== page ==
My plans to retrace Captain Cook's unfinished voyage have been postponed a year while I work on the next Marine Diesel Basics book and get my new boat SV Oceandrifter ready for sea.
If you want to learn the techniques of story telling, the best book I have ever come across is Dwight Swain’s, “Techniques of the Selling Writer”. This not a book for daydreaming about writing nor about connecting with your “inner writer” (See “Becoming A Writer by Dorothea Brande for that – which I’ve also used and reviewed).
“Techniques of the Selling Writing” is exactly that – practical, hands-on, nuts and bolts methods for telling a story well; so that you grip the reader and they can’t put it down until the end. And if that sounds like a crass recipe for a pot-boiler, please check your prejudices at the door. (Trust me, dividing literature from storytelling doesn’t work. You’ll spend years in the wilderness, get frustrated and go crazy or turn bitter. Been there. Done that.) Whether you want to write “a multi-layered narrative that evokes the feeling of a generation” and win literary prizes or publish a thriller that enchants readers and sells – the techniques are basically the same, even if the emphasis is very different. Swain’s book works because it’s a practical workbook. He gives examples. He shows what works and what doesn’t work and he explains why something doesn’t work. This is almost as important as learning what does. I cannot recommend this book highly enough.
“You need to know only four things in order to write a solid story:
how to group words into motivation-reaction units;
how to group motivation-reaction units into scenes and sequels;
how to group scenes and sequels into story pattern;
how to create the kind of characters that give a story life.
“Are these things hard to learn? Not at all. At least, not if you take the job a step at a time, so that you understand why you do each thing, as well as how. Then why do so many people find it difficult to learn to write? They fall back into traps that slow them down and hold them back. Eight traps, specifically:
1) They take an unrealistic view
2) They hunt for magic secrets
3) They try to learn the hard way
4) They refuse to follow feeling
5) They attempt to write by rules
6) They don’t want to be wrong
7) They bow down to the objective
8) They fail to master technique.”
Swain takes the wannabe novelist from the first lines of the story through the long middle and right through to the end. Step by step, he explains what needs to be done and what can go wrong. This is not writing by numbers or rules. It is training by apprenticeship with a master. A single example may show this more clearly. Choosing the right words can be a real stumbling block for any writer. I know I’ve peered out of the window for hours looking for the right words. Here is Swain on this challenge:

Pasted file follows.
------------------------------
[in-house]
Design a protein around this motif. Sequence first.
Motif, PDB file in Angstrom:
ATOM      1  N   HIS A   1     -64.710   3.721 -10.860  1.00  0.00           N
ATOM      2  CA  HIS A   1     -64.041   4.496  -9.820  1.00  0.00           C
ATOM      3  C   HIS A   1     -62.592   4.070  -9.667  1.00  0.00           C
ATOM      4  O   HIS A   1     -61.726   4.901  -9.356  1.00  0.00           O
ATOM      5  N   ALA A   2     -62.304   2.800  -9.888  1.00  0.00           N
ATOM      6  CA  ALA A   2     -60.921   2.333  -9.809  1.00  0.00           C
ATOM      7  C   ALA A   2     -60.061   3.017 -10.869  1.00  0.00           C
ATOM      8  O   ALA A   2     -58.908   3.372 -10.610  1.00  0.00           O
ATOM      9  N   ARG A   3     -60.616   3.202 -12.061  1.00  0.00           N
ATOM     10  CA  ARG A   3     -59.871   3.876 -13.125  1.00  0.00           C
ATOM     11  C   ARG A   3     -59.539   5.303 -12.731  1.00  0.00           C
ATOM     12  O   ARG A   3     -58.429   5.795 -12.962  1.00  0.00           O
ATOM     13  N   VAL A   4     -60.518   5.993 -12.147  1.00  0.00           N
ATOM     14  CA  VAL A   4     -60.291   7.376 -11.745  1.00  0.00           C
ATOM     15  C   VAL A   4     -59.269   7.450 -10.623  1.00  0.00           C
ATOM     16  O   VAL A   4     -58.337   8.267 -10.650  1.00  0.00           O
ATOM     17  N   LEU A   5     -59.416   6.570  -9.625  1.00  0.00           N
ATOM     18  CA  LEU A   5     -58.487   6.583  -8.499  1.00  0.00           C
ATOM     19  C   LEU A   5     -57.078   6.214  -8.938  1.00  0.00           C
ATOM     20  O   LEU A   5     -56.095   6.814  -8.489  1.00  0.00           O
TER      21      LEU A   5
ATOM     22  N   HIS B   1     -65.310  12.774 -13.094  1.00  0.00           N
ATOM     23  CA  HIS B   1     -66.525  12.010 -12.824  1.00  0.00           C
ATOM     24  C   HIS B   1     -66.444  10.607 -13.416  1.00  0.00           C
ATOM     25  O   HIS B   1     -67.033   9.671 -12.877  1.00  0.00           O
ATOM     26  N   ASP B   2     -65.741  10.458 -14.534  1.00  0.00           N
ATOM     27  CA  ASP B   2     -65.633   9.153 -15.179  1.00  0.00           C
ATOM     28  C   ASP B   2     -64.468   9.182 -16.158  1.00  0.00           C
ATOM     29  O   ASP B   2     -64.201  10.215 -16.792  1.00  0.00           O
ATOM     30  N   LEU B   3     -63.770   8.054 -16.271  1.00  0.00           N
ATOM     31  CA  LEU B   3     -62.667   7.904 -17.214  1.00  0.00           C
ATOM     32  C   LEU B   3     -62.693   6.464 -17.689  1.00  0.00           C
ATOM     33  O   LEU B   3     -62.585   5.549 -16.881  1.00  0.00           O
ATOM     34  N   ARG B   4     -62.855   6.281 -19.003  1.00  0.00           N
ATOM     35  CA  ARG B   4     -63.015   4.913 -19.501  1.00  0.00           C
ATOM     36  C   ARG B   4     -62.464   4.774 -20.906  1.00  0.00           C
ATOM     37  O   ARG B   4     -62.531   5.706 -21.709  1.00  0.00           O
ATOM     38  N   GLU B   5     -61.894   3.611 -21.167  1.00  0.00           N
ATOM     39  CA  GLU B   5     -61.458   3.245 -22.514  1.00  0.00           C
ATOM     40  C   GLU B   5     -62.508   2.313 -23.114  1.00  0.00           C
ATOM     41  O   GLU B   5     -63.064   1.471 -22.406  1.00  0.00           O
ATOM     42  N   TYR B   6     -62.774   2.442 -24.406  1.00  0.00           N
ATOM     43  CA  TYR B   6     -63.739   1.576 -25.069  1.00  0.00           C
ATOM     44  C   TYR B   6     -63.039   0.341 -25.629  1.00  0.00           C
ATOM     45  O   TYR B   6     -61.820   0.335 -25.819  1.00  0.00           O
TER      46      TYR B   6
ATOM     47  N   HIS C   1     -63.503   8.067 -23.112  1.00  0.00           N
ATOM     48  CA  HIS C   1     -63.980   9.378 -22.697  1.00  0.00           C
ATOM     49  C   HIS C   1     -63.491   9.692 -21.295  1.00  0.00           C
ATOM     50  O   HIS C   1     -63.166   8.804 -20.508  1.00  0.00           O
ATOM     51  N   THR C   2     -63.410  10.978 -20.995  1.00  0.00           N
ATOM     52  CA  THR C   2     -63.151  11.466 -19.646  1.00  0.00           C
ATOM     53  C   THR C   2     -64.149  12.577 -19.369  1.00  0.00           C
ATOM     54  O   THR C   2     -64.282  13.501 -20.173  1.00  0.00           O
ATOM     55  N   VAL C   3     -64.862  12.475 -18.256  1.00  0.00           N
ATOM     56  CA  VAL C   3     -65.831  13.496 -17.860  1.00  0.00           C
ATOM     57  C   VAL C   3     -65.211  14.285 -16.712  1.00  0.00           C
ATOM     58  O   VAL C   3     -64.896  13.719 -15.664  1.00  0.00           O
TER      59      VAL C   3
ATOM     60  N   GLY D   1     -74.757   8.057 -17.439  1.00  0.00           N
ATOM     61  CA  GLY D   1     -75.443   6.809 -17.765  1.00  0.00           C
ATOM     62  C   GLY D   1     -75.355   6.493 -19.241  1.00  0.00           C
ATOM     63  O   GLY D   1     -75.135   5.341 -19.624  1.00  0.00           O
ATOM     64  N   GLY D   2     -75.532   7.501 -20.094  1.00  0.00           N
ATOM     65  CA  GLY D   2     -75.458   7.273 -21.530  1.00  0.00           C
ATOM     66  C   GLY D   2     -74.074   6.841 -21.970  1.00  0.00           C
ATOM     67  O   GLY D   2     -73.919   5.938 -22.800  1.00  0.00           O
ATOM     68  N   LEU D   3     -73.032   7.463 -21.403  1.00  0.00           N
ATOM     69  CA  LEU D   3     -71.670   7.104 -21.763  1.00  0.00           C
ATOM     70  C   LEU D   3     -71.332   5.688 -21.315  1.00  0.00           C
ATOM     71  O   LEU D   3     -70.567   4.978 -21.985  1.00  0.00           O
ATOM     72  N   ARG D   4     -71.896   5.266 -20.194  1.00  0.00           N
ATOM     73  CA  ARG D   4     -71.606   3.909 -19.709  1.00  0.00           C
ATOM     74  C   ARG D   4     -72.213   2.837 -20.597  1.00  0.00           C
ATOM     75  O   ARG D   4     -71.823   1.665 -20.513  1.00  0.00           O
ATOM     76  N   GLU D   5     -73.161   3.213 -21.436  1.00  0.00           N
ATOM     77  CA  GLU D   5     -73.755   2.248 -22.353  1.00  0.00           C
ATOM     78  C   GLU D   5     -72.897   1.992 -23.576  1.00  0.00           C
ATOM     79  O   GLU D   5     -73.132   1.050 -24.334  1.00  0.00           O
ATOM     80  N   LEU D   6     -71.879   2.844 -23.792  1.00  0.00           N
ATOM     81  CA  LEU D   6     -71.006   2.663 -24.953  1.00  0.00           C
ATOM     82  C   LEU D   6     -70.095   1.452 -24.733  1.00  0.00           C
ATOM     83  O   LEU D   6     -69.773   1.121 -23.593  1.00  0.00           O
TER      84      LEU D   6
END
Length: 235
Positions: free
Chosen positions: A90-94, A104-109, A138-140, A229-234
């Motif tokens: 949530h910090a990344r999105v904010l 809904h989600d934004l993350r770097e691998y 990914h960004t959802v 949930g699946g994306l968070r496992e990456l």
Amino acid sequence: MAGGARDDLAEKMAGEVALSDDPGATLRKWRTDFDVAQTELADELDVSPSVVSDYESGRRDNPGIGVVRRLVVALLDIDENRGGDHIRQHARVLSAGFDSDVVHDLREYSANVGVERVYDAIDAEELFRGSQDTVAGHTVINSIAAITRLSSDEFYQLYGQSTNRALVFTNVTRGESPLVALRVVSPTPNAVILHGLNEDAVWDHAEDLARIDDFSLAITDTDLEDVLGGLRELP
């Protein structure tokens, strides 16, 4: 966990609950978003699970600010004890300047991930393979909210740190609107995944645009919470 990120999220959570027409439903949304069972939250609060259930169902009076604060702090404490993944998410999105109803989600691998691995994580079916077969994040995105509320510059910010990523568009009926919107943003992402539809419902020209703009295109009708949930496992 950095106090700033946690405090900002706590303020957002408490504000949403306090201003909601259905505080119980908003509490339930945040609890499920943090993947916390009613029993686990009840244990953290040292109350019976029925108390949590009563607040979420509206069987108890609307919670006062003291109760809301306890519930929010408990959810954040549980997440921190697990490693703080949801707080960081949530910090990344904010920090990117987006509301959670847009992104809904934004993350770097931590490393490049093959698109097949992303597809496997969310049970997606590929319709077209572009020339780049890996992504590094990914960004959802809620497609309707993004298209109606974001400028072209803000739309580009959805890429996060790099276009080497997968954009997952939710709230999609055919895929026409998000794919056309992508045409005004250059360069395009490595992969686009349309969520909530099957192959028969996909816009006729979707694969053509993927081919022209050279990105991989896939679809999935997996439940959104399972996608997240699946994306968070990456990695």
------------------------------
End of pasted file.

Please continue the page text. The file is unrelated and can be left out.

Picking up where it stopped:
“How do you write vividly? You present your story in terms of things than can be verified by sensory perception. Sight, hearing, smell, taste, touch – these are the common denominators of human experience; these are the evidence that men believe. Describe them precisely, put them forth in terms of action and of movement, and you’re in business. Your two key tools are nouns and verbs. Nouns are words that name something…Verbs are words that tell what happens…The nouns you want are pictorial nouns: nouns that flash pictures, images, into your reader’s mind. The more specific, concrete, and definite the noun. . . the more vivid the picture. The noun rhinoceros flashes a sharper, more meaningful picture to your reader than does the noun animal.”
See what I mean? Practical, straightforward guidance. All any writer has are words so in order for us to build our stories, words have to be put to work as if they were bricks. This may sound obvious but it’s often devilishly difficult inserting flannel words.
He gives and explains 10 ways in which the planning of any scene can go wrong. these include, “the scene lacks urgency”, “the opposition is weak”and “the disaster isn’t disastrous enough”.
I was once hired to edit a middle-aged cook’s novel. The idea was great, yet after just a few pages I knew the story did not work because the author was making all the mistakes almost every beginner makes. Every story can be fixed – that’s where writing and rewriting and rewriting and rewriting (I exaggerate not!) comes in. Unfortunately my client thought the first draft of his novel was already a masterpiece and though I tried to explain very diplomatically that he needed to rethink a lot of how thestory was told, he just did not want to understand that a hero is not “heroic” unless his enemy (a person, a storm, a ghost) is also strong. Every hero needs a worthy adversary. My client just could not accept even this basic fundamental of storytelling. And I never got paid.
Of course, even when you have the major techniques, tricks, devices and rules-of-thumb, you still need to learn to apply them. For some this comes naturally; for most of us, it requires years of patient, persistent work. But at least, with Swain’s excellent book in hand, there is likely to be success in the end.
Techniques of the Selling Writer by Dwight V. Swain, first published in 1965 and now published by the University of Oklahoma.
Techniques of the Selling Writer